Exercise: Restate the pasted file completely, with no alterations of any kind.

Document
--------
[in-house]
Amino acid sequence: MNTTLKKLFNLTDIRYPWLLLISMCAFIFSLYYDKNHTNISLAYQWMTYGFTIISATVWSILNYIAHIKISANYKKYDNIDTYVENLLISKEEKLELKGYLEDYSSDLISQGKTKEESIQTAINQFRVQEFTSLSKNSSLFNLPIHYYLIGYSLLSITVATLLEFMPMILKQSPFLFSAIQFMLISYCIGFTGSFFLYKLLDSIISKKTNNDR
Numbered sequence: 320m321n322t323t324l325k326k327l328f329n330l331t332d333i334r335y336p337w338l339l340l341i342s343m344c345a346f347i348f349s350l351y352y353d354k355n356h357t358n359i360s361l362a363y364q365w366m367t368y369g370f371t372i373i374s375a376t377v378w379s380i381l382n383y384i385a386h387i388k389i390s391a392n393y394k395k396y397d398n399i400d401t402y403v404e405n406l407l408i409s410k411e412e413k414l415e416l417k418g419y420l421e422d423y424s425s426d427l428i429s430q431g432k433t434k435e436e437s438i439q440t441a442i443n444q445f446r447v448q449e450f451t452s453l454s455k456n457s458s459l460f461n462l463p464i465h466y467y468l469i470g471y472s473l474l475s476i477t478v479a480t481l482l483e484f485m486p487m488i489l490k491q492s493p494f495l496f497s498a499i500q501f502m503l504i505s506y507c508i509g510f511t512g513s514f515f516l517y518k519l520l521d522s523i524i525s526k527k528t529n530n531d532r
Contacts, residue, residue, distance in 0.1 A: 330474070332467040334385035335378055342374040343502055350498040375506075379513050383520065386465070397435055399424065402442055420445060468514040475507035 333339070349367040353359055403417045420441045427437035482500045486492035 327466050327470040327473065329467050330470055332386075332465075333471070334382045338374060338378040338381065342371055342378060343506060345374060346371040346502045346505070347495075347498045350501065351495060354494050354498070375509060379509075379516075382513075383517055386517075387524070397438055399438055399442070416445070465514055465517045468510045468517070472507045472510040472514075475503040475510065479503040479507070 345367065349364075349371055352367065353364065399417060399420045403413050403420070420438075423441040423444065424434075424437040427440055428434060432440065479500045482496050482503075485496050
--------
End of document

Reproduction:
[in-house]
Amino acid sequence: MNTTLKKLFNLTDIRYPWLLLISMCAFIFSLYYDKNHTNISLAYQWMTYGFTIISATVWSILNYIAHIKISANYKKYDNIDTYVENLLISKEEKLELKGYLEDYSSDLISQGKTKEESIQTAINQFRVQEFTSLSKNSSLFNLPIHYYLIGYSLLSITVATLLEFMPMILKQSPFLFSAIQFMLISYCIGFTGSFFLYKLLDSIISKKTNNDR
Numbered sequence: 320m321n322t323t324l325k326k327l328f329n330l331t332d333i334r335y336p337w338l339l340l341i342s343m344c345a346f347i348f349s350l351y352y353d354k355n356h357t358n359i360s361l362a363y364q365w366m367t368y369g370f371t372i373i374s375a376t377v378w379s380i381l382n383y384i385a386h387i388k389i390s391a392n393y394k395k396y397d398n399i400d401t402y403v404e405n406l407l408i409s410k411e412e413k414l415e416l417k418g419y420l421e422d423y424s425s426d427l428i429s430q431g432k433t434k435e436e437s438i439q440t441a442i443n444q445f446r447v448q449e450f451t452s453l454s455k456n457s458s459l460f461n462l463p464i465h466y467y468l469i470g471y472s473l474l475s476i477t478v479a480t481l482l483e484f485m486p487m488i489l490k491q492s493p494f495l496f497s498a499i500q501f502m503l504i505s506y507c508i509g510f511t512g513s514f515f516l517y518k519l520l521d522s523i524i525s526k527k528t529n530n531d532r
Contacts, residue, residue, distance in 0.1 A: 330474070332467040334385035335378055342374040343502055350498040375506075379513050383520065386465070397435055399424065402442055420445060468514040475507035 333339070349367040353359055403417045420441045427437035482500045486492035 327466050327470040327473065329467050330470055332386075332465075333471070334382045338374060338378040338381065342371055342378060343506060345374060346371040346502045346505070347495075347498045350501065351495060354494050354498070375509060379509075379516075382513075383517055386517075387524070397438055399438055399442070416445070465514055465517045468510045468517070472507045472510040472514075475503040475510065479503040479507070 345367065349364075349371055352367065353364065399417060399420045403413050403420070420438075423441040423444065424434075424437040427440055428434060432440065479500045482496050482503075485496050